Weprin Praises First Rikers Island Jail Closure
Assemblyman Daivid Weprin (D-Fresh Meadows, Richmond Hill, Jamaica), the assembly chair of the Correction Committee, yesterday praised Mayor Bill de Blasio‘s announcement that the city will close its first jail on Rikers Island this summer as part of his overall plan to close the entire facility within 10 years.
The closure is made possible by the dramatic reduction of the city’s jail population, which fell below 9,000 for the month of December, a record-low figure last reported in 1982. As of January 1, the Department of Correction’s jail population is 8,705.
The Departmnet of Correction (DOC) will close the George Motchan Detention Center, which currently houses about 600 men in custody. Its closure will bring the total number of operational Rikers Island facilities from nine to eight and it will not result in layoffs or a reduction in DOC uniformed staff. Instead, it will help DOC reduce overtime, provide important training and support, and strengthen staff in other key areas. In the coming months, DOC will develop plans on the transfer of uniformed staff and detainees to other facilities.
“The closure of the George Motchan Detention Center on Rikers Island is evidence of this administration’s commitment to criminal justice reform. By offering low level offenders alternatives to incarceration, enacting supervised release for low risk defendants, and supporting other paths to stability; this city is proving that it’s possible to lower crime while ending the cycle of incarceration that too many find themselves caught in,” said Weprin. “I am proud to stand with Mayor Bill De Blasio as we take another step towards a better, fairer and safer New York.”
Hyndman’s Measure Upping WMBE Ceiling For No-Bid Contracts Gets Signed
Assembly Member Alicia Hyndman (D-Laurelton, Rosedale, St. Albans, Addisleigh Park, Hollis, Springfield Gardens, Jamaica) saw Governor Andrew Cuomo sign her legislation last week giving the city the authority to increase economic opportunities for Minority and Women-Owned Business Enterprises (M/WBEs).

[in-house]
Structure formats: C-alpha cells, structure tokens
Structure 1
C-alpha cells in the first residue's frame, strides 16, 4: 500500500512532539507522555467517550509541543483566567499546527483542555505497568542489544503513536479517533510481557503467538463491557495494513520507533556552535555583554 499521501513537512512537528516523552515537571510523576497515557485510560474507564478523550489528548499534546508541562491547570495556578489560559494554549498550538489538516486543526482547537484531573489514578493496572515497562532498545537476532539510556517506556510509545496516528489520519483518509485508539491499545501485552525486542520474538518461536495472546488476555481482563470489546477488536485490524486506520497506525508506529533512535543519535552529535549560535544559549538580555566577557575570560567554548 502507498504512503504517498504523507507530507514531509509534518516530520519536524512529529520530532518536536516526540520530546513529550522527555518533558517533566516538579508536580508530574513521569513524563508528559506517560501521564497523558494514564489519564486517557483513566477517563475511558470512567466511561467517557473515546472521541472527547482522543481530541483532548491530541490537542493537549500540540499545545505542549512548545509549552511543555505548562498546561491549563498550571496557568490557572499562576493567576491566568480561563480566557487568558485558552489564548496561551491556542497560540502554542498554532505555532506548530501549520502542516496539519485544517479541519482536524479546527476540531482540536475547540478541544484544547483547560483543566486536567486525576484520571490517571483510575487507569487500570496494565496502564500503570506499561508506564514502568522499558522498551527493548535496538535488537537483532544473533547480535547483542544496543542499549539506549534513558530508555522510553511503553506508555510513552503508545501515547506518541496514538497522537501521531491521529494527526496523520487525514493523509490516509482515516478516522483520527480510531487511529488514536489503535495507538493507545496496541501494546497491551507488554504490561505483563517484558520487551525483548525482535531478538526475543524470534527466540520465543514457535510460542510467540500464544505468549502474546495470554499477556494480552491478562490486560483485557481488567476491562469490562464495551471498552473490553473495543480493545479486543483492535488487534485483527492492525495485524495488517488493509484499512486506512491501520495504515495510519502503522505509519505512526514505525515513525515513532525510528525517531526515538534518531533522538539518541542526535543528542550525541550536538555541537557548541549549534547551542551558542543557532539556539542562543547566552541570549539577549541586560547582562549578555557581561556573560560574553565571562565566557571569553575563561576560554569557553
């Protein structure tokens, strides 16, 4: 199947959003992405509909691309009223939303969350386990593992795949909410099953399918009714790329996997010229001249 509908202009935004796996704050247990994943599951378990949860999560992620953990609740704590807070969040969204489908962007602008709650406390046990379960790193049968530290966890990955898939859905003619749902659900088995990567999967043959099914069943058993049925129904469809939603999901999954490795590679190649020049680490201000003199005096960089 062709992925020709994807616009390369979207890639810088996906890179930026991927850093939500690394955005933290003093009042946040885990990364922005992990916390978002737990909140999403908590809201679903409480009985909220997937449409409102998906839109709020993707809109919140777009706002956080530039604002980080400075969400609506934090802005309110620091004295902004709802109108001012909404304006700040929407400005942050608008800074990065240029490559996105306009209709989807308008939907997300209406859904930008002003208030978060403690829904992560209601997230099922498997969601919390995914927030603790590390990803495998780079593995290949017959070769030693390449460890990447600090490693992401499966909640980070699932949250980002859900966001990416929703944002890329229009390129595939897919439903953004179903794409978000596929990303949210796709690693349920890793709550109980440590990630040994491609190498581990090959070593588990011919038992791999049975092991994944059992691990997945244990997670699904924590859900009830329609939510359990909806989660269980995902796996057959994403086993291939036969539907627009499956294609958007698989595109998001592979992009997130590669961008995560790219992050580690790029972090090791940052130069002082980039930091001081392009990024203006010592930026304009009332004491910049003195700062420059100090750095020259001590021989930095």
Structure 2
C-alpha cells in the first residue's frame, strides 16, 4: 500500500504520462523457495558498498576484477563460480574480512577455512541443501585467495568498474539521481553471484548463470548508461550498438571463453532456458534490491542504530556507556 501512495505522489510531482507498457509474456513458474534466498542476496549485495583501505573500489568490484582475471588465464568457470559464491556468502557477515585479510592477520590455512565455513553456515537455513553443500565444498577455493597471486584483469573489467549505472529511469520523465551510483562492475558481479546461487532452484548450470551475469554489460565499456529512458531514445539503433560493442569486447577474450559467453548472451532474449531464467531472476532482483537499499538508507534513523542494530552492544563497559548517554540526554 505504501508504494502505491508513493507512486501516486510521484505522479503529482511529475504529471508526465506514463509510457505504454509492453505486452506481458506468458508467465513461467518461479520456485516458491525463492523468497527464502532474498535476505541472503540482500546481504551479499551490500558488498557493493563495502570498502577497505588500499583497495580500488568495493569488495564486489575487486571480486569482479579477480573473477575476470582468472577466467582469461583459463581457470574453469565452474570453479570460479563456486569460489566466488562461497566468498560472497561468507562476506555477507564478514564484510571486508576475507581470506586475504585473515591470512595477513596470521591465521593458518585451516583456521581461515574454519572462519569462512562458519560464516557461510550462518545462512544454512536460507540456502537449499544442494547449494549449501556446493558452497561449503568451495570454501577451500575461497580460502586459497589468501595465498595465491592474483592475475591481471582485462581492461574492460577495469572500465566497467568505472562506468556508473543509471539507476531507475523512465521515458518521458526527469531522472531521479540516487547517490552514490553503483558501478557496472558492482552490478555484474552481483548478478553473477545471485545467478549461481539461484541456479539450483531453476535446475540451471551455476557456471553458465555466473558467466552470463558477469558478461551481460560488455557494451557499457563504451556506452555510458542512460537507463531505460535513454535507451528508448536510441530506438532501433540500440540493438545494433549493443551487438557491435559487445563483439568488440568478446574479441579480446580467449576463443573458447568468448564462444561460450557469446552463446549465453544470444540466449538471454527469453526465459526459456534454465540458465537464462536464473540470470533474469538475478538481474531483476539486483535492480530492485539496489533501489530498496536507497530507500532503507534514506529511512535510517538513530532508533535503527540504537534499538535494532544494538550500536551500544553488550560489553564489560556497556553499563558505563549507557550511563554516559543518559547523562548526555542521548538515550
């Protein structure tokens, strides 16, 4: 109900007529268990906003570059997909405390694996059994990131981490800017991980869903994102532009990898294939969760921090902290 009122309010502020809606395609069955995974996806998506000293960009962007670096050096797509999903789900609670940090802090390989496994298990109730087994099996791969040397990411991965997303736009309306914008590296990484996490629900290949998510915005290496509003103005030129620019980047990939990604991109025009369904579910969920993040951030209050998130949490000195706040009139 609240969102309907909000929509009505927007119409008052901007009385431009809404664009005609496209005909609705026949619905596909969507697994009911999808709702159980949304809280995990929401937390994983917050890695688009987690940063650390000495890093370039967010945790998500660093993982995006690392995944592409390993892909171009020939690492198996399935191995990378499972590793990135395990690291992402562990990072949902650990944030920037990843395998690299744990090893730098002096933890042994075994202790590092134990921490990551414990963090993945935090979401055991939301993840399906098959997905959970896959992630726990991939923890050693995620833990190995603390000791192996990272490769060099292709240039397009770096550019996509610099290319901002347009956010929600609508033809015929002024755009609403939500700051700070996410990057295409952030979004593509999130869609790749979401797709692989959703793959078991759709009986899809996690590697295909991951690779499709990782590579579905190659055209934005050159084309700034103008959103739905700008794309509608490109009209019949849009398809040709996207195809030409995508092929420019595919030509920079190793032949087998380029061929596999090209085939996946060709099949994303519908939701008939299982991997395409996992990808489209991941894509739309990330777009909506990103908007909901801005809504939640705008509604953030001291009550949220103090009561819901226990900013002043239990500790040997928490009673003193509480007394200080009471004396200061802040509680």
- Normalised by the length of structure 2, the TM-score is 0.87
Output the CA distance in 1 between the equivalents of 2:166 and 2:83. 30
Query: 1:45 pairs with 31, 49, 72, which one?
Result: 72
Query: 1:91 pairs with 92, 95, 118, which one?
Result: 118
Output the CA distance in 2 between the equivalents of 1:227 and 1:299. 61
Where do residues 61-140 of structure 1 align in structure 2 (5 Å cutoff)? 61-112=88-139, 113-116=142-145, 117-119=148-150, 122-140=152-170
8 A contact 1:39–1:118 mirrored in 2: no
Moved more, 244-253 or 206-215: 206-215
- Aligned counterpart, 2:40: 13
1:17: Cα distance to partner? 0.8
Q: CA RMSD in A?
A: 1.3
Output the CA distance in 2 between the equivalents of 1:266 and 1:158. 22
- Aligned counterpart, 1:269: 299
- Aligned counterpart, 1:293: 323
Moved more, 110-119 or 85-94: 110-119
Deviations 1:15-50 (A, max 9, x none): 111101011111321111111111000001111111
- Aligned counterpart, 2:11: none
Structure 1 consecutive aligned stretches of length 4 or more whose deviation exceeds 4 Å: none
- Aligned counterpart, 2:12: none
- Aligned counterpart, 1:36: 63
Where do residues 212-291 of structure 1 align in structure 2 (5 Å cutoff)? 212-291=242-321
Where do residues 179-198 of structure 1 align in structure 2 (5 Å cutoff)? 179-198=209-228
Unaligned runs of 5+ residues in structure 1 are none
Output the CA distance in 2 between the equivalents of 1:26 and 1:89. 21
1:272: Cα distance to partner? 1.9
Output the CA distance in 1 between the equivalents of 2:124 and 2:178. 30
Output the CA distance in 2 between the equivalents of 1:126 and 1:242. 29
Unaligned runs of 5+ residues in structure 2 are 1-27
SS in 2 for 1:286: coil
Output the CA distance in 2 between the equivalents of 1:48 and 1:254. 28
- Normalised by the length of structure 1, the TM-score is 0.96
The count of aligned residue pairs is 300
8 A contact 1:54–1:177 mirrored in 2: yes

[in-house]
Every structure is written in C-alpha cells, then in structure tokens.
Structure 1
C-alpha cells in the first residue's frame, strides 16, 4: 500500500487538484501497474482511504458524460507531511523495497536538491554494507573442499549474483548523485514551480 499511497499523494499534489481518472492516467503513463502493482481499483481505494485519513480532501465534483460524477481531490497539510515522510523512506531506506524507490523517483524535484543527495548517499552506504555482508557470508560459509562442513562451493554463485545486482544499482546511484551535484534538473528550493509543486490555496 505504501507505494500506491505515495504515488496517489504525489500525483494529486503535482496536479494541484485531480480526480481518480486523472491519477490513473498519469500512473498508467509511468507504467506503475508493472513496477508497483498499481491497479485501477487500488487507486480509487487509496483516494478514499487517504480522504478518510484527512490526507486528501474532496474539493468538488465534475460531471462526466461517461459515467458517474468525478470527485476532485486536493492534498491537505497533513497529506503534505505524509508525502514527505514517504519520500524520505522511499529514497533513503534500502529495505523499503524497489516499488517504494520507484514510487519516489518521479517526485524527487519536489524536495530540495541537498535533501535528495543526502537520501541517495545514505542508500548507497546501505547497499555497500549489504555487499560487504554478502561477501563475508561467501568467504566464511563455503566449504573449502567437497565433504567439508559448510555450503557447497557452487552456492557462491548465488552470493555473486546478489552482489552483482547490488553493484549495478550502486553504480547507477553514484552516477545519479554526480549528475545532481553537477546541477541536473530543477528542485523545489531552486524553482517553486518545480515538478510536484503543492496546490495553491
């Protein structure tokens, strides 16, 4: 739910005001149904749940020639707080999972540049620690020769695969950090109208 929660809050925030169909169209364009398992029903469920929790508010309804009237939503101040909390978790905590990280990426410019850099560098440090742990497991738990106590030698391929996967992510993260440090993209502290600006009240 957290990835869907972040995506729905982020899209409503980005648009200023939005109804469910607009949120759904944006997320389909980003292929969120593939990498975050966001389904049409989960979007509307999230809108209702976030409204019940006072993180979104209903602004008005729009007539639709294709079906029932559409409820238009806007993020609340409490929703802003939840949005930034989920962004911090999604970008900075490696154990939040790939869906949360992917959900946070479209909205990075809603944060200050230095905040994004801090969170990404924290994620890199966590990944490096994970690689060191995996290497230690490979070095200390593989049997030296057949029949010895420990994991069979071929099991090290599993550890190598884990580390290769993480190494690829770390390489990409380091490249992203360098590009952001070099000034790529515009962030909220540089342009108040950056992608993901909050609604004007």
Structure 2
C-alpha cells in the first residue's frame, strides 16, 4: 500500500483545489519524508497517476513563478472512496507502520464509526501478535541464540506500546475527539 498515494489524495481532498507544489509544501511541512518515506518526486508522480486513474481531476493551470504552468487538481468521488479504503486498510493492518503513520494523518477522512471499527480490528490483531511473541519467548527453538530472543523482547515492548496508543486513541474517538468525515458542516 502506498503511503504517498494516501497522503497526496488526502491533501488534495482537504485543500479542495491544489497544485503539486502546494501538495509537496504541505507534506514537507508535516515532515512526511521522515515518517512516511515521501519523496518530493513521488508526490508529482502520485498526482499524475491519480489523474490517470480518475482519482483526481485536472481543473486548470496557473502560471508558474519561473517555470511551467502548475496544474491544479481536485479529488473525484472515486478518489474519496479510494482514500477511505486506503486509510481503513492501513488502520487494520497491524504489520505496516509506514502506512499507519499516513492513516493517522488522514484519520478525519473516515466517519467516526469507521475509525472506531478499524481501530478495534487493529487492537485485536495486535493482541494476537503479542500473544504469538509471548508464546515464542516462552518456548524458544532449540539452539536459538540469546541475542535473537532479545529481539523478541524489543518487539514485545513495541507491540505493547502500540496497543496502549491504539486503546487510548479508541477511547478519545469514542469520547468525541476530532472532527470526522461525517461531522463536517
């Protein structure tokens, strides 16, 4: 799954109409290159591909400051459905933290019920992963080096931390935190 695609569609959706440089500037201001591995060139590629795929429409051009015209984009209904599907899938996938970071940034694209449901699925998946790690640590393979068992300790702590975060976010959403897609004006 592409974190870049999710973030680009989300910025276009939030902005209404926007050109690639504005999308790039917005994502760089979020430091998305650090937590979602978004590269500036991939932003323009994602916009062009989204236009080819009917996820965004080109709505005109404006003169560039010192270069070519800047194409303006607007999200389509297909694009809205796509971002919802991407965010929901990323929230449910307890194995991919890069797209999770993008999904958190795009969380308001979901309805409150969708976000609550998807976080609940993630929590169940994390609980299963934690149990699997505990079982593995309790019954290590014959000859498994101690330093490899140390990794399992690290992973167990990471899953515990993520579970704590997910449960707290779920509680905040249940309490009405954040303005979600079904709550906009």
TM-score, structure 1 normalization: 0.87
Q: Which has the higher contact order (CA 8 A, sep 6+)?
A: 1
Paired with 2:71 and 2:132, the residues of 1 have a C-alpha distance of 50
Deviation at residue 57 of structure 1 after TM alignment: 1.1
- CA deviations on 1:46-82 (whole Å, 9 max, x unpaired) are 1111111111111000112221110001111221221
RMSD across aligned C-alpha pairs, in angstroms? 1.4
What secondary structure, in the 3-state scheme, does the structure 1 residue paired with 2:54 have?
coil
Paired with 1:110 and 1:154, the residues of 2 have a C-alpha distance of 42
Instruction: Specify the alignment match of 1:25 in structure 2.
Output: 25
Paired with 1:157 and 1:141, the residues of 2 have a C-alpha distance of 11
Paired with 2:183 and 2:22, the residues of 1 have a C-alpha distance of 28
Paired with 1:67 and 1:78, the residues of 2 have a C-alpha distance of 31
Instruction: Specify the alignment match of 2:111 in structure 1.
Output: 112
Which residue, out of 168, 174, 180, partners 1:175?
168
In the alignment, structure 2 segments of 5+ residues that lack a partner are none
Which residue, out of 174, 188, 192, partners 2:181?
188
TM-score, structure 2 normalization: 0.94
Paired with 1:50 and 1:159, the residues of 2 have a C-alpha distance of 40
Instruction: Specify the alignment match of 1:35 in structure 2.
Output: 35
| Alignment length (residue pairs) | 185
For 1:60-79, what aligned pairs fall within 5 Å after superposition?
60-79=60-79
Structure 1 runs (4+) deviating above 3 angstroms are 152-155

The City is now able to spend up to $150,000 on contracts with M/WBEs without forcing those businesses to first go through a time-consuming, formal, competitive bidding process. This increased discretionary spending limit for goods and services closely matches the State’s $200,000 limit in this area.
Prior to the bill’s signing, the City’s discretionary spending limit for goods and services was $20,000. Additionally, the new law will allow the City to consider a firm’s status as an M/WBE when using the best value procurement method as well as the firm’s record of complying with existing labor standards, maintaining harmonious labor relations, and protecting the health and safety of workers.
State Sen. Marisol Alcántara (D-Manhattan, Bronx) was the senate sponsor of the bill.
Three Simotas Bills Helping Small Businesses Signed Into Law
Assemblymember Aravella Simotas (D-Astoria, Long Island City) saw Gov. Andrew Cuomo recently sign into law her package of three bills that will help small businesses in the state get some relief from red tape.
The new laws will also increase transparency and public participation in agency rulemaking. Simotas sponsored the bills as Chair of the Administrative Regulations Review Commission.
“As the daughter of a small business owner I know first-hand how vital small businesses are to the economic health of our communities and our state. My bills will help to create a healthier environment in New York for small business and to ensure that regulatory agencies are more user-friendly,” said Simotas.
One of the bills, signed by the governor on December 18, helps small businesses to comply with regulations by requiring state agencies to create plain language guides that would include information on 1) the most common regulatory violations that small businesses are cited for by the agency and 2) actions that small businesses can take to minimize or prevent the occurrence of violations.
“Small business guides will improve compliance with necessary regulation to ensure public health and safety without hurting the health or strangling the growth of small businesses,” said Simotas.
A second signed on December 13, extends to a minimum of 60 days the time to review and comment on rules proposed by state agencies, enabling greater participation my businesses and the public. The prior mandate was only 45 days for many state agencies.
The third signed on September 12, brings agency rulemaking into the 21st Century. The law will let people email their requests for notices of proposed new rules, rather than having to snail mail them. Agencies in turn would be required to send rulemaking notices electronically, rather than by snail mail, when people ask them to do so.